Why are they joining?


(Kristen Gastaldo) #1

We average about 20-30 people joining the community every day. But of these 20 or 30, maybe 5 actually post something somewhere. So, why are they joining? Nothing in the community is behind a login. You can see everything without joining. You only have to join to participate. So, why are they joining and not participating?

In the past, I’ve been on support communities where the majority join the community to ask a question.

Any ideas on figuring this out?


(Richard Millington) #2

So the obvious thing to do is ask them :slight_smile:

But assuming you’ve done that and didn’t get a good answer, I’d track where they came from. How did they find the community. How many pages do they visit? Which pages do they visit? Are they using similar user names/from similar locations (suggests spammers)? Do they validate? Do they visit more than once? For how long?

I think the more data you get along that track will give you a pretty good indication of what’s happening here.


(Sarah Hawk) #3

Rich’s advice is pretty much exactly what I’d suggest BUT unfortunately it’s probably not that easy.

I have the same situation here. We have a large number of members that sign up but never actually participate. Like you, they don’t have to sign up to participate, but even more confounding – they don’t even read any posts!

I have asked many of them and have never had an answer. I’ve agonised over how to approach gathering data but I am not able to track all of the above.

I’d love to track where they came from, but I have no way of doing that. I suspect it’s potentially possible using GA but I have no idea how!

If anyone else has ideas, I’d love to hear them.


(Renée Van Holsteijn) #4

That’s a tough one. I think people join out of curiosity, and may forget about the platform when time passes. And all of the notifications, even of DM’s seem like white noise to them.
Try to find out where their curiosity come from. Maybe it was someone who informed them about it. Is it possible to see relations between your community members? If so: maybe you can ask the person who knows the inactive one why he/she is inactive… a but devious, though.


(Nikoletta Harrold) #5

So many good suggestions here. I would like to share some of my experience that confirms many of the above. I ran several support communities that you only had to sign up for if you wanted to contribute yet growth was not equal between them. One was very slow and organic and mainly word of mouth. At that company community was very isolated and the product and our customer facing teams did not promote the existence of this amazing community at all.

At the other company community was integral part of the product and it was part of customer onboarding, training and the support cycle. We had crazy sign up rates because everyone was told to do so. Read 500 or more a week. But not many stuck around. Mainly only the product admins did who had come to learn and gain customer support. Others joined because they were told to do so and needed to check the box.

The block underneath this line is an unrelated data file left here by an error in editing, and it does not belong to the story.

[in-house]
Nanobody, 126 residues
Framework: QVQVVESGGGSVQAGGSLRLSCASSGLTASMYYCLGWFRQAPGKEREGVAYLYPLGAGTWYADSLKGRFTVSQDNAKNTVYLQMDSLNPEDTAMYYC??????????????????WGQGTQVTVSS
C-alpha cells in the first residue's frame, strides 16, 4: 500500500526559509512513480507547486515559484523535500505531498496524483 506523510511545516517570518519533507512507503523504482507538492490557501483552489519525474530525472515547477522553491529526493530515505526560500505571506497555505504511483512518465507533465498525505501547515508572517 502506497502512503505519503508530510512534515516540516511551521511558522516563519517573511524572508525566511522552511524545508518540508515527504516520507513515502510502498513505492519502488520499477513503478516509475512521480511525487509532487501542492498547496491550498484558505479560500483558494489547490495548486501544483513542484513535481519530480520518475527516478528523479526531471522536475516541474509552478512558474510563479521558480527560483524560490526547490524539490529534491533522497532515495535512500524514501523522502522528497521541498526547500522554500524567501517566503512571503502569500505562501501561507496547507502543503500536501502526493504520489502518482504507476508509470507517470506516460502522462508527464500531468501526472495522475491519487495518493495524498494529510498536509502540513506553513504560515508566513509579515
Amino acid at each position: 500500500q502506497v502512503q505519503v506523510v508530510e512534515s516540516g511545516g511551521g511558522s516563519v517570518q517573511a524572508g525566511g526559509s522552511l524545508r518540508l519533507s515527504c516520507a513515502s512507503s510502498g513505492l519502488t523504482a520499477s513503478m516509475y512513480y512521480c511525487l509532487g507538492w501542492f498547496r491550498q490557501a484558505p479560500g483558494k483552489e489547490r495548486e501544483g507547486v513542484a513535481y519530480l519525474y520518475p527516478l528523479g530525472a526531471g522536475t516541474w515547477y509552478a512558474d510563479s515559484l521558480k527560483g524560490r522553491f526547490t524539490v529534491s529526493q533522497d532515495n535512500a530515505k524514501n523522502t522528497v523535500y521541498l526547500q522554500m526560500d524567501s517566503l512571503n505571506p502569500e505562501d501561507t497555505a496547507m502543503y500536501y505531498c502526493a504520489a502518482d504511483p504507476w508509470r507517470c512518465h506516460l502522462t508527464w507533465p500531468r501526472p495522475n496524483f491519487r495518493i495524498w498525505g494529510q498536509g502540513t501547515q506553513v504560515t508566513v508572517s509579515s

What this long winded example is trying to showcase is, yes track where the entry points are to your community?. What efforts are being extended to drive sign up, i.e.: in product referral, training efforts, marketing etc?

To answer @HAWK’s comment, yes GA is amazing at tracking your referral sources and entry and exit points. There is no magic behind it. Just copy the GA code snippet into the website HTML code and let it do it’s thing. Referral source will give you broad understanding of search engine vs social media vs. email vs. organic vs. bookmarked traffic, entry points will give you literally the sites they come from and where they go to most frequently. (Exit page is the opposite)

I highly recommend picking a few of the quiet people and set up one on one’s with them. I would target the ones with repeat login but no or barely any engagements. Why do thy keep coming back. It might be a case of “lurkers” and you just need to activate them.


(Kristen Gastaldo) #6

Thanks for all the advice. I’ll start with GA and a bit of interviews. Keep you guys posted!


(Alessio Fattorini) #7

Stealing the idea from @HAWK I asked directly to my members one year ago.

tl;tr They answered me with a few main reason

  • lack of confidence and knowledge
  • issue with the language (English)
  • lack of time = not a priority

Hope it helps, I suggest you do the same you could learn many things :slight_smile:


(Sarah Hawk) #8

I wasn’t specific when I described my dilemma. I do have GA hooked up and I do track referral sources, but what I don’t know how to see is where a specific person came from. i.e. I can tell you that x people came from our home page, or from Google, but I can’t tell you which of those people are the ones that signed up and never read anything.


(Nikoletta Harrold) #9

Oh yep, that would need an IP lookup. That would mean you would have to cross reference your members IP with the traffic pattern you get from GA. Not a simple task


(Kristen Gastaldo) #10

I assume those reasons all apply to us as well (except maybe language, as we have language groups). But my question is more WHY did the join the first place. I get why people don’t post generally, but I’d love to know why they decided to join, and then didn’t post. There’s no large value (besides saying you’re a member or having a profile people can see) to join, as all the content is public.


(Priscilla McClay) #11

Good intentions? They might join with every intention of posting, but then the other factors get in the way.


(Sarah Hawk) #12

That doesn’t explain the not reading though – that’s what confounds me. You’d think someone would at least read one post.